Since the outbreak of COVID-19, internet usage in Tanzania has increased. Statistics from the Tanzania Communication Regulatory Authority show that internet subscribing numbers grew to 29 million (March 2021) users from 28 million in December 2019. There is a growing dependency on the internet for day-to-day activities. It includes business registering, which has been affected by the COVID-19 pandemic. Digital registration existed before the pandemic, but the process has been sped up. It is undergoing a significant transition to digital platforms, compared to other service sectors in the country.
Around 47% of Tanzanians have access to the internet. Despite the rise in digital use, the rural-urban and gender divide in terms of smartphone penetration and adoption of digital services persist. When it comes to business owners, there is a noticeable lack of digital technology education among them.
The possibility of online business registration has had a significant impact on the country. It is hugely time-saving compared to the former in-person process, which often involved travel to other locations and long queues.
For our study, we focused on the digitalization of the business sector. We took an in-depth look at the digital rift that has led to the marginalization of vulnerable groups. We paid particular attention to women. The aim is to learn and offer policy recommendations on how to minimize the gendered digital gap.
Women and Digitalization
The majority of women-owned businesses are micro and small. Our findings show that small businesses are slower in incorporating digital tools and platforms. It often has to do with digital illiteracy and limited finances and time. Through our data gathering process, we have identified that women are less likely to access technology than men. All these reasons put women at a disadvantage when it comes to digitalization in daily business activities.
The divide also exists because women are less aware of mobile internet possibilities and often think it is irrelevant. Affordability is another challenge, in particular for online business registration. Costs associated with digital devices and services are too high to enable digital adoption for most women. Other challenges include lack of connectivity or poor internet access (especially in rural areas), electricity problems, and devices shortage. Limited online skills are also among the issues causing gender-based digital exclusion in Tanzania.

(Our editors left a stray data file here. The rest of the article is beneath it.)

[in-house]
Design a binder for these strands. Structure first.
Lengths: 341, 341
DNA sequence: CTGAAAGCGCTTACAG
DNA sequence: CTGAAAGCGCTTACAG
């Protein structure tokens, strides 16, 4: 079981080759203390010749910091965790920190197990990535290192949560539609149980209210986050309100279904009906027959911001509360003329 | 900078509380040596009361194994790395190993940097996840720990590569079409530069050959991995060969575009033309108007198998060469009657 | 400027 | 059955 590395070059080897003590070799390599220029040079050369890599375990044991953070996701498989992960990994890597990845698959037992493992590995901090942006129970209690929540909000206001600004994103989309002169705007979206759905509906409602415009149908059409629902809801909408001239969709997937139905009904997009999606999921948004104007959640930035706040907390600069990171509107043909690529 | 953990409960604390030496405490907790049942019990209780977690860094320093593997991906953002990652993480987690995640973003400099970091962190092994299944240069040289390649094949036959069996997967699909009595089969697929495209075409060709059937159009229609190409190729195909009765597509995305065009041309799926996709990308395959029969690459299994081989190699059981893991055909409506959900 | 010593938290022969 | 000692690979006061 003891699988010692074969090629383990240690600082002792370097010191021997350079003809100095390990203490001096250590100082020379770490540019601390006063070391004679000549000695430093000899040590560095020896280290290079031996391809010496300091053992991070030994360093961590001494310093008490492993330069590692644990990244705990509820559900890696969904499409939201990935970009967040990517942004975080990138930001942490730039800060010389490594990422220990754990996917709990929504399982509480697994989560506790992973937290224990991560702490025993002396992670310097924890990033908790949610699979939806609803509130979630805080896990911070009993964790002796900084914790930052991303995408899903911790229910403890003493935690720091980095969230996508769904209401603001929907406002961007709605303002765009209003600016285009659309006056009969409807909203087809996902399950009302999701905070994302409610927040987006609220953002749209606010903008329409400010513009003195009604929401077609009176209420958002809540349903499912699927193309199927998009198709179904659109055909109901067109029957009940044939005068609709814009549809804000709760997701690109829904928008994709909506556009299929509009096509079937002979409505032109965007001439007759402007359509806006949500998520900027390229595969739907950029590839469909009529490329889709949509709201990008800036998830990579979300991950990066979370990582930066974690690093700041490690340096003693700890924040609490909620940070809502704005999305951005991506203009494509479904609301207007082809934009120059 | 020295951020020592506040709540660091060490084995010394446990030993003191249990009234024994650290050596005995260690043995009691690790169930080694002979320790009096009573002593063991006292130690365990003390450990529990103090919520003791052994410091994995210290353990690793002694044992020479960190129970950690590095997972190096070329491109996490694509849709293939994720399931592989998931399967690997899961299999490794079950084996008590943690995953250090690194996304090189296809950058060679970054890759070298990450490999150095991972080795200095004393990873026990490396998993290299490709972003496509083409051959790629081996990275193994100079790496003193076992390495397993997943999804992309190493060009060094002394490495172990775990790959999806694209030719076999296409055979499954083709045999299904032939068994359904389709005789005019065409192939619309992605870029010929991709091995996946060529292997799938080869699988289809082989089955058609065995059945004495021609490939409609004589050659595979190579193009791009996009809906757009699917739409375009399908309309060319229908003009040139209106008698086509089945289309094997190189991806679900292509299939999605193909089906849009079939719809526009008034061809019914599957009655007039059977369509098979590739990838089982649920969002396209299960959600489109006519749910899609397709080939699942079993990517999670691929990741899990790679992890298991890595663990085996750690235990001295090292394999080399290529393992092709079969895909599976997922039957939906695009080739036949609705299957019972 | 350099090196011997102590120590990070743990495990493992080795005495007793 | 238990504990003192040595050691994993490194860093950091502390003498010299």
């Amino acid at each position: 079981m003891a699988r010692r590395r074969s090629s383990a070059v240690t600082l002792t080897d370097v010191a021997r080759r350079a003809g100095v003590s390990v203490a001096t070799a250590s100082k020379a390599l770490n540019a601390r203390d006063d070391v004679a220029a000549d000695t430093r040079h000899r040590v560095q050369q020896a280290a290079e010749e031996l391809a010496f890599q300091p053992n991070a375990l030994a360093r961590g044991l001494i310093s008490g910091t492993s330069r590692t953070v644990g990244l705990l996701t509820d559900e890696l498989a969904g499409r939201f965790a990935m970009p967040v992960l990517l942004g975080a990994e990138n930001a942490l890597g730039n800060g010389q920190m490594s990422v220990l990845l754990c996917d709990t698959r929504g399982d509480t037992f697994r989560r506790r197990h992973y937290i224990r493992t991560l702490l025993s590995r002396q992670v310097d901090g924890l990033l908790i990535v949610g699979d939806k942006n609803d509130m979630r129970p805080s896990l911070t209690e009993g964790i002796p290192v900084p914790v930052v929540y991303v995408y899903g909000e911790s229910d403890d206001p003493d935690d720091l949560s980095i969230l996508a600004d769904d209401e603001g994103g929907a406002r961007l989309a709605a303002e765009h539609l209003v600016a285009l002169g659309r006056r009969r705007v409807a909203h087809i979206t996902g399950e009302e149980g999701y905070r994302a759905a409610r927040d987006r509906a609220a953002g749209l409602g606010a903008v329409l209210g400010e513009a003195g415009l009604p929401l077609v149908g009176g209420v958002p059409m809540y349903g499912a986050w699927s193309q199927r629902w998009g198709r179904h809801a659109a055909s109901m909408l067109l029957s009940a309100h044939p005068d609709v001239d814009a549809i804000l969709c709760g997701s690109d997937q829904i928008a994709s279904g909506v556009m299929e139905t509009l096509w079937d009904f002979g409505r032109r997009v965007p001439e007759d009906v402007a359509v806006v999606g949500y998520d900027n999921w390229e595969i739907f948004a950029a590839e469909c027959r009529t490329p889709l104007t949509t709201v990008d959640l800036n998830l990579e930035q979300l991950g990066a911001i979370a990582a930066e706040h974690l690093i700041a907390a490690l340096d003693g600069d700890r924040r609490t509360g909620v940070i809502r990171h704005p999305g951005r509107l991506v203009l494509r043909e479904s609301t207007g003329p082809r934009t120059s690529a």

ICT and Digitalization literacy among the Tanzanian population, especially women, needs to improve fast. Suppose people are well acquainted with ICT, for example, by attending introductory courses provided for free by the State. In that case, it will be easier for everyone to be included in the digital delivery of public services. Once capabilities are built, there will be more active ICT/digitalization users. It will lead to full participation in the digital arena.
Mobile network operators and internet service providers should be encouraged by the State to improve services and make them more affordable. To achieve this, the State could:
- reduce taxes associated with internet access and infrastructure improvements, such as the one of the National ICT Broadband Backbone (NICTBB),
- update existing policies, such as the national ICT policy (2016) or the electronic and postal communications act (2010).
The government also needs to design a proactive strategy to provide ICT at subsidized costs to improve its adoption for business operations.
In parallel, we advise that the Tanzanian Business Registration Licensing Agency (BRELA) provides training programs about their platform. For those who have internet connectivity, classes could be online through short videos and presentations. It would help people learn at their own pace and get acquainted with the process before starting the business registration. It will surely increase online registrations. Even the companies that were formally registered manually will learn the new method and switch to online registration.
With lower internet costs, more individuals, including marginalized groups like women, will be a part of the country’s digital service sector.
This blog was originally published by Southern Voice here